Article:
Erie County Employees Retirement System, Lead Plaintiff–Appellant, v. Michael J. Blitzer, et al., Defendants–Respondents.
Sidley Austin LLP, New York (Andrew W. Stern of counsel), for Michael J. Blitzer, Robert C. Grayson, Denis F. Kelly, and Philip R. Peller, respondents.
Willkie Farr & Gallagher LLP, New York (Tariq Mundiya of counsel), for Kenneth D. Cole, KCP Holdco, Inc and KCP Mergerco, Inc., respondents.
Kaye Scholer LLP, New York (Catherine Schumacher of counsel), for Paul Blum, respondent.
Order, Supreme Court, New York County (Lawrence K. Marks, J.), entered September 5, 2013, which, insofar as appealed from as limited by plaintiff's briefs, granted the motions of defendants Michael J. Blitzer, Robert C. Grayson, Denis F. Kelly, Philip R. Peller, Paul Blum, Kenneth D. Cole (Mr. Cole), KCP Holdco, Inc. (Holdco), and KCP Mergerco, Inc. (Mergerco) to dismiss the complaint pursuant to CPLR 3211, unanimously affirmed, with costs.
Contrary to plaintiff's claim, the motion court was not required to apply the “entire fairness” standard to the transaction by which Mr. Cole (the majority shareholder of former defendant Kenneth Cole Productions, Inc. [the Company], a New York corporation) took the Company private. Alpert v. 28 Williams St. Corp. (63 N.Y.2d 557  )—on which plaintiff principally relies—states, “[C]orporate freeze-outs of minority interests by mergers occur principally in three distinct manners: (1) two-step mergers, (2) parent/subsidiary mergers, and (3) ‘going-private’ mergers where the majority shareholders seek to remove the public investors․ This court does not now decide if the circumstances which will satisfy the fiduciary duties owed in [a] two-step merger will be the same for the other categories” (id. at 567 n 3 [emphasis added] [citation omitted] ). Alpert involved a two-step merger (id. at 563) where “[t]he merger plan did not require approval by any of the minority shareholders” (id. at 564). By contrast, the merger in the case at bar required the approval of the majority of the minority (i.e., non-Cole) shareholders.
Although Mr. Cole had a conflict of interest, he did not participate when the Company's board of directors voted on the merger. Plaintiff has not alleged that the remaining members of the board (Blitzer, Grayson, Kelly, Peller, and Blum) were self-interested.
Plaintiff does contend that the members of the special committee which the Company established to evaluate Mr. Cole's proposal (Blitzer, Grayson, Kelly, and Peller) were controlled by Mr. Cole. However, at least under Delaware law, which all parties urge us to consider, “it is not enough to charge that a director was nominated by or elected at the behest of those controlling the outcome of a corporate election” (Aronson v. Lewis, 473 A.2d 805, 816 [Del 1984], overruled in part on other grounds by Brehm v Eisner, 746 A.2d 244, 253–254 [Del 2000]; see also Beam ex rel. Martha Stewart Living Omnimedia, Inc. v. Stewart, 845 A.2d 1040, 1052 [Del 2004]; Lerner v. Prince, 119 AD3d 122, 130 [1st Dept 2014] ).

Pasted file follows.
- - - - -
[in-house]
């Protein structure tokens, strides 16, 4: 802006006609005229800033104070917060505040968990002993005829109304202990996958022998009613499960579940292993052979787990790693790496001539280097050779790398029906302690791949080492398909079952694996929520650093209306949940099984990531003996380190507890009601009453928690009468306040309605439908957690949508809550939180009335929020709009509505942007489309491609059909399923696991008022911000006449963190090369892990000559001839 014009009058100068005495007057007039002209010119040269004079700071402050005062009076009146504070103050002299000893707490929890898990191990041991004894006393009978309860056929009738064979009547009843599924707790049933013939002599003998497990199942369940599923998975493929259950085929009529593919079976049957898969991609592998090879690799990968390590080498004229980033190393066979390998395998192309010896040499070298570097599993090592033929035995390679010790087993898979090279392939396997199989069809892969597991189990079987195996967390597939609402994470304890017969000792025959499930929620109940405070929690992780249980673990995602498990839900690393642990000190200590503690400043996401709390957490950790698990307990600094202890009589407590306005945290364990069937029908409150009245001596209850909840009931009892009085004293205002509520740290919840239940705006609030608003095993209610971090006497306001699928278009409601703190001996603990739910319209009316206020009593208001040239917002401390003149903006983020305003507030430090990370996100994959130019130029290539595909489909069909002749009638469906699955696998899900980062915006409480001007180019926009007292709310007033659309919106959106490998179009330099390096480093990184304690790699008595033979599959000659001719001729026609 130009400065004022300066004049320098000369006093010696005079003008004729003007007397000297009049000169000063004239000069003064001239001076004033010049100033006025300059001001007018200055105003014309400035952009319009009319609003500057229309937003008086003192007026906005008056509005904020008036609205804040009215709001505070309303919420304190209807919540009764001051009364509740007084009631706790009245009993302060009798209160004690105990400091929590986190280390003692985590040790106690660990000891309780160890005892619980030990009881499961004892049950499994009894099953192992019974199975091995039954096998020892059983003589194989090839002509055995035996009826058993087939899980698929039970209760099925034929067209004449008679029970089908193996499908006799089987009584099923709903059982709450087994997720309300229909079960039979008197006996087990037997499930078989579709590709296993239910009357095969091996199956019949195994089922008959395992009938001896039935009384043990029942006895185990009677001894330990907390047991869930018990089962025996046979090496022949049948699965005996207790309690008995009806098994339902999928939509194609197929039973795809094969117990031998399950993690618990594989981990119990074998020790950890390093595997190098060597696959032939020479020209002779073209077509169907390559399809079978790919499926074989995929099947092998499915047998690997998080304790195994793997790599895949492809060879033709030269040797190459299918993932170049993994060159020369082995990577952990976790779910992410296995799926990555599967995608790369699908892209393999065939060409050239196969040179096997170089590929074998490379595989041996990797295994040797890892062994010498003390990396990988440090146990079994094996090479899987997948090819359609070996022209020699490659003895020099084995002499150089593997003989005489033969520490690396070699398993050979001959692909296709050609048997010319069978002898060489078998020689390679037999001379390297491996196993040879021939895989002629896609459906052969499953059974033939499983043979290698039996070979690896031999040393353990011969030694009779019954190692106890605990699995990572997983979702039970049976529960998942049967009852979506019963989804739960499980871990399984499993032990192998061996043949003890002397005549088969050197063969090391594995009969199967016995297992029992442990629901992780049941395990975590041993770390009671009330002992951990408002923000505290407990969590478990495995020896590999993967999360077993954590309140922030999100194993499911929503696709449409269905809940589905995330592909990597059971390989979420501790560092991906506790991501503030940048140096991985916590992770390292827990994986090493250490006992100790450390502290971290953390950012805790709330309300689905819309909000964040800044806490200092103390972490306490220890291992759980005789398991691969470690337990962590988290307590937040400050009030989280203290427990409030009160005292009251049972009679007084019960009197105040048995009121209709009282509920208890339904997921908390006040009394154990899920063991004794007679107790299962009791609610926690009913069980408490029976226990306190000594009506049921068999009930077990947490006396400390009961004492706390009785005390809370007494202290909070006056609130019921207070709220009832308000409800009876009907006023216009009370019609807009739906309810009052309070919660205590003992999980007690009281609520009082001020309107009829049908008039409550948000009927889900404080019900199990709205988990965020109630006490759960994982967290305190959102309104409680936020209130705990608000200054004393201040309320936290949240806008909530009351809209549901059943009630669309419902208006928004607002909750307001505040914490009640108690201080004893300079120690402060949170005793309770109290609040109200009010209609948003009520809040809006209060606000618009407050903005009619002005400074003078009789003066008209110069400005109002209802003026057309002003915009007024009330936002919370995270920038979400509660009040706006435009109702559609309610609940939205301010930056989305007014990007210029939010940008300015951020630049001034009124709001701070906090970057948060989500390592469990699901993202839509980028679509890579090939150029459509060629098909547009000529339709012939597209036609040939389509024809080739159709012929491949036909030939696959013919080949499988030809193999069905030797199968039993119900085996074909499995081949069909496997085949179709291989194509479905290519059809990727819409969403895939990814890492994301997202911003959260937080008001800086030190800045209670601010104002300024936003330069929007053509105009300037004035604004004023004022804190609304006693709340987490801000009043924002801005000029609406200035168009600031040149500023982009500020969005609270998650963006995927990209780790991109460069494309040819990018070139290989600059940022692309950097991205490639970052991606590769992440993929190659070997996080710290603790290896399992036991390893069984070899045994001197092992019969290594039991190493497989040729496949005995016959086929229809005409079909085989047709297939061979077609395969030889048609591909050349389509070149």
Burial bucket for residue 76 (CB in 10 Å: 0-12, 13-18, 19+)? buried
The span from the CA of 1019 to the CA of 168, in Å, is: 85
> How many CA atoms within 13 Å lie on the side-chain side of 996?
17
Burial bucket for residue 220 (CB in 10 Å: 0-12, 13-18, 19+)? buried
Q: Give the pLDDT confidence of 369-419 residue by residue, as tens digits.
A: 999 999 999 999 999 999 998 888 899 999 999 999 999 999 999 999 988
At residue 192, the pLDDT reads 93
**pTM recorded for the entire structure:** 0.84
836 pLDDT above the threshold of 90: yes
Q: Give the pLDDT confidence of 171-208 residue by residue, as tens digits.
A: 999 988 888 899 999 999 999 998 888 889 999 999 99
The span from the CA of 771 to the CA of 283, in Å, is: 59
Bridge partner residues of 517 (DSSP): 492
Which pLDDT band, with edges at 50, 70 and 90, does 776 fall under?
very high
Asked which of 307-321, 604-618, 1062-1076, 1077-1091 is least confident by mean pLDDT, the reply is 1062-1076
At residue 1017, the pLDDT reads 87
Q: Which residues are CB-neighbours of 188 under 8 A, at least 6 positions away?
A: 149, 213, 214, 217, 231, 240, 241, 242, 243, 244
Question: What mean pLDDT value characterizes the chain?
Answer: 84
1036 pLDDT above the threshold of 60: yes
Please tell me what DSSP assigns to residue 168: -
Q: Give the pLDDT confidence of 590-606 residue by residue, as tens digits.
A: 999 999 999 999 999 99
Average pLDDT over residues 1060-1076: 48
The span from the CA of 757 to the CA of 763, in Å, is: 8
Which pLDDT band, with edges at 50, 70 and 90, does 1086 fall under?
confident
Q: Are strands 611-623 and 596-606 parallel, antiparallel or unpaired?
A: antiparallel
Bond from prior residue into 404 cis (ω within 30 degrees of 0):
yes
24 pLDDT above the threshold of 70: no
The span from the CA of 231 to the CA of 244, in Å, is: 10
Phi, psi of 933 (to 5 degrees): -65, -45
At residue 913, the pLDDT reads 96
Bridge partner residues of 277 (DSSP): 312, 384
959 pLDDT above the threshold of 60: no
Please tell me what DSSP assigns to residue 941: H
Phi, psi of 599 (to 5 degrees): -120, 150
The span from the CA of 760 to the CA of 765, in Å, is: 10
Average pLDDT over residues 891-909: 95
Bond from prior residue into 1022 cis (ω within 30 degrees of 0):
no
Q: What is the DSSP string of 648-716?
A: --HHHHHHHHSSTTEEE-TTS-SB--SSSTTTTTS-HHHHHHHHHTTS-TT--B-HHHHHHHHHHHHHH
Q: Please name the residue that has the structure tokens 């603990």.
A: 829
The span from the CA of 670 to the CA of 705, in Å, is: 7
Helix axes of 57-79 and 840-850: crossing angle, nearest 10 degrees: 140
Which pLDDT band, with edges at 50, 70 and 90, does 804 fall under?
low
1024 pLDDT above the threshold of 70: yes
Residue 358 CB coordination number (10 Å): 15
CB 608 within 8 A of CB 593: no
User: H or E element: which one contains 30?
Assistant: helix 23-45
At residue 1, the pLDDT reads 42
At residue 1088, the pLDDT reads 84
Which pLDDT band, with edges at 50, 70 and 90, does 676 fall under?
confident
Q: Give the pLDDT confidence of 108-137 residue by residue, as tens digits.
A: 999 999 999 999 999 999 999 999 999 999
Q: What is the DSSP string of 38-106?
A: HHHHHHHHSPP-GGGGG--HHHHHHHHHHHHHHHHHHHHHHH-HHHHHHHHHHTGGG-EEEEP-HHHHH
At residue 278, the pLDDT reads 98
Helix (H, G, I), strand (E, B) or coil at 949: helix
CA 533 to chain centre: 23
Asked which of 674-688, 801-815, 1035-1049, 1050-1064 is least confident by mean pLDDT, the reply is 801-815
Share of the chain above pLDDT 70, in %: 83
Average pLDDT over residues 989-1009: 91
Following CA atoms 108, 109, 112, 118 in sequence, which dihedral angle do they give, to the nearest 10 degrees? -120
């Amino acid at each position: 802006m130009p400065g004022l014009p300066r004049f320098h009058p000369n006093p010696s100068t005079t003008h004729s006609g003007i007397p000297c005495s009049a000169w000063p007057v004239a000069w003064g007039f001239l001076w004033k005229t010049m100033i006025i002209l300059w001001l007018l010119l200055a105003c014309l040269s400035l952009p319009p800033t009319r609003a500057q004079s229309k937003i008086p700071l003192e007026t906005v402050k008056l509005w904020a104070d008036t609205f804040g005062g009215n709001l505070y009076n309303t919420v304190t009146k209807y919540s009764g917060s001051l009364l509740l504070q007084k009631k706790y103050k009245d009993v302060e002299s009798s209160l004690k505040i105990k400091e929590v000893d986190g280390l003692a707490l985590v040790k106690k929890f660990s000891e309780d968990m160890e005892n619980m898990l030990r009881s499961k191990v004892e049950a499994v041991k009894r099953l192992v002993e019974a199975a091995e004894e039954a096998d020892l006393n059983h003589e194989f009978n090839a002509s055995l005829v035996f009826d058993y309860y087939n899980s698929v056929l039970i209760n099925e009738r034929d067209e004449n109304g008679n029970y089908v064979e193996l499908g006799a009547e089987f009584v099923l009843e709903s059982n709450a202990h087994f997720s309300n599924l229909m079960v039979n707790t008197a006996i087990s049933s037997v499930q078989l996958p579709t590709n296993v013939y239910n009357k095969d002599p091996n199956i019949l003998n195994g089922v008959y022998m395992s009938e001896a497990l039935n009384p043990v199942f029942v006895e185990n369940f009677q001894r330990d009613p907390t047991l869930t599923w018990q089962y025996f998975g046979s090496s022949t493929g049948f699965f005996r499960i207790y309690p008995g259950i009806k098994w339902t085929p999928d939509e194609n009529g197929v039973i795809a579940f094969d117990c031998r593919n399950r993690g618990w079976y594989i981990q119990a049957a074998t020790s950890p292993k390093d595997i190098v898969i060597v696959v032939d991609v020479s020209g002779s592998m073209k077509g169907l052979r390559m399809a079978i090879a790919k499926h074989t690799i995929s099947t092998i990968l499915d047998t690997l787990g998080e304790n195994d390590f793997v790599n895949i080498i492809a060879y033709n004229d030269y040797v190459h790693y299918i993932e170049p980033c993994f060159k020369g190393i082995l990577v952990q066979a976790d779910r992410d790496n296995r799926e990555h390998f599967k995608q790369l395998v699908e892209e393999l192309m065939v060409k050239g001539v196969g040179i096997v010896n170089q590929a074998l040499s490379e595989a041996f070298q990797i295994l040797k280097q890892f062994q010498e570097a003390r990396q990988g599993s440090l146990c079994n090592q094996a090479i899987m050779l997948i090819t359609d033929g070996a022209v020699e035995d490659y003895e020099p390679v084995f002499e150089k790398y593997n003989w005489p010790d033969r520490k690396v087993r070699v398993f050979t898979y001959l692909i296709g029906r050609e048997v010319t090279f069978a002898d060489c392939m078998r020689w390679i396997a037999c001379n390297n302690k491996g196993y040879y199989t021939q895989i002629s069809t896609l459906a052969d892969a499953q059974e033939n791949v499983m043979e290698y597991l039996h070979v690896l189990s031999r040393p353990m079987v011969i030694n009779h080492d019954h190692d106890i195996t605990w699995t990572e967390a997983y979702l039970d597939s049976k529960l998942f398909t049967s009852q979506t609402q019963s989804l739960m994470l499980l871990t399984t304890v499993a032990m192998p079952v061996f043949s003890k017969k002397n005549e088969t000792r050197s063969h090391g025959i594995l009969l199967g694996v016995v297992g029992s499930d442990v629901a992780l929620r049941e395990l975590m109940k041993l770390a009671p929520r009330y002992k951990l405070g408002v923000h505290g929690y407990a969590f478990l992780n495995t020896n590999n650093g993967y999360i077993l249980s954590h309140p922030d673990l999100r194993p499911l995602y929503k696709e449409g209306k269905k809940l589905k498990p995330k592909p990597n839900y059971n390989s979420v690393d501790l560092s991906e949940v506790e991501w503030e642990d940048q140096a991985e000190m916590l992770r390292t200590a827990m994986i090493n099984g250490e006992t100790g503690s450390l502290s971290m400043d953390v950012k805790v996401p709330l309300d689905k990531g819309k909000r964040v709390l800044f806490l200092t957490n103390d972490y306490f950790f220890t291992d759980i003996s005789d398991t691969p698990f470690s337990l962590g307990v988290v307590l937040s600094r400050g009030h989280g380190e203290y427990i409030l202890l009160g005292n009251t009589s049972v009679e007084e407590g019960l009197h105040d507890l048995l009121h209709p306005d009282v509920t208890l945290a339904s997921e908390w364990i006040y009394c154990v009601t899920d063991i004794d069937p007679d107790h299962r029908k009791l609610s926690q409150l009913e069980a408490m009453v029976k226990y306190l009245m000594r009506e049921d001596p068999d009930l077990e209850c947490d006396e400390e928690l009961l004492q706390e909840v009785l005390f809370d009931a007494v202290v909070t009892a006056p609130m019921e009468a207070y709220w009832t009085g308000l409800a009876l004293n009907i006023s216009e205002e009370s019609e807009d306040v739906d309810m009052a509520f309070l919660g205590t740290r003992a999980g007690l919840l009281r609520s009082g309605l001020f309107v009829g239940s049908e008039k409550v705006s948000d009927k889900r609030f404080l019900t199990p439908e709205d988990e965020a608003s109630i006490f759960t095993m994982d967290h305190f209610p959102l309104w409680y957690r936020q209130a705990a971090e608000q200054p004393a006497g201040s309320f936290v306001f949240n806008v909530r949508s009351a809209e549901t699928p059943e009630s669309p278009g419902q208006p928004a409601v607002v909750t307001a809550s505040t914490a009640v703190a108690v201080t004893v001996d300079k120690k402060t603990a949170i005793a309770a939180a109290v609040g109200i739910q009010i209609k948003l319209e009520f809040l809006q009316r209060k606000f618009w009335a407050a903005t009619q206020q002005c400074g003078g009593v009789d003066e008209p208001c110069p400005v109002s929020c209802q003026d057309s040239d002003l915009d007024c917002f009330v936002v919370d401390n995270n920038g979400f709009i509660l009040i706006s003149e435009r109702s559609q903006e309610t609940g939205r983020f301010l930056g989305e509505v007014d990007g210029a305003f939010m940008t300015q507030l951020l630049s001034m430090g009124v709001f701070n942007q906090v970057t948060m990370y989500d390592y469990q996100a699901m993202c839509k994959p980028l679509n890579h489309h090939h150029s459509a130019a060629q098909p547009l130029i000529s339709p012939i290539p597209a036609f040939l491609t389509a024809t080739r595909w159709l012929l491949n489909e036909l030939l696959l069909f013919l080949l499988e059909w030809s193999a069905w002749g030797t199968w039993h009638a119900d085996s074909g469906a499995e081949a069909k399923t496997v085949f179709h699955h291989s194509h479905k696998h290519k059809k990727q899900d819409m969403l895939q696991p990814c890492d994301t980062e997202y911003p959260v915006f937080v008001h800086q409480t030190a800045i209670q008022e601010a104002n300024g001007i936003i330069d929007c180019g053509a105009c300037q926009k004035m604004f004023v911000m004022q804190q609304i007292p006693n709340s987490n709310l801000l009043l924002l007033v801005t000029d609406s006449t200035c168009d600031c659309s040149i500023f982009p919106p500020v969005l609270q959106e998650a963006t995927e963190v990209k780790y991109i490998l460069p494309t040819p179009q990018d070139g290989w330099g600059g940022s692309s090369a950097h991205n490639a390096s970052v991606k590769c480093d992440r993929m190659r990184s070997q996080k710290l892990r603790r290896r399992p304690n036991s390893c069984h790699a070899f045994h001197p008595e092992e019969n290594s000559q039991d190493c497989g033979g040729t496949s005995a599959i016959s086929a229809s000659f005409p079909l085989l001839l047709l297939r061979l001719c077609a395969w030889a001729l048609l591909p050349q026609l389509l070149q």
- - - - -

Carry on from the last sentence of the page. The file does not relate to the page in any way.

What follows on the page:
The complaint's allegations that the proxy statement sent to the Company's shareholders was incomplete and misleading were insufficient (see Kimeldorf v First Union Real Estate Equity & Mtge. Invs., 309 A.D.2d 151, 158 [1st Dept 2003] ).
In this particular case, pre-discovery dismissal based on the business judgment rule was appropriate since there are no allegations sufficient to demonstrate that the members of the board or the special committee did not act in good faith or were otherwise interested (see e.g. Kassover v Prism Venture Partners, LLC, 53 AD3d 444, 450 [1st Dept 2008]; cf. Ackerman v. 305 East 40th Owners Corp., 189 A.D.2d 665 [1st Dept 1993] [holding pre-discovery dismissal based on the business judgment rule was inappropriate where the pleadings suggested that directors acted in bad faith] ).
Since the breach of fiduciary duty claims against Mr. Cole, Blitzer, Grayson, Kelly, Peller, and Blum were properly dismissed, the claim against Holdco and Mergerco for aiding and abetting the individual defendants' breaches of fiduciary duty failed to state a cause of action (id. at 449; see also Kaufman v. Cohen, 307 A.D.2d 113, 125 [1st Dept 2003] ).
The complaint did not plead an aiding and abetting claim against Blum; plaintiff may not amend its complaint via its appellate brief.
THIS CONSTITUTES THE DECISION AND ORDER
OF THE SUPREME COURT, APPELLATE DIVISION, FIRST DEPARTMENT.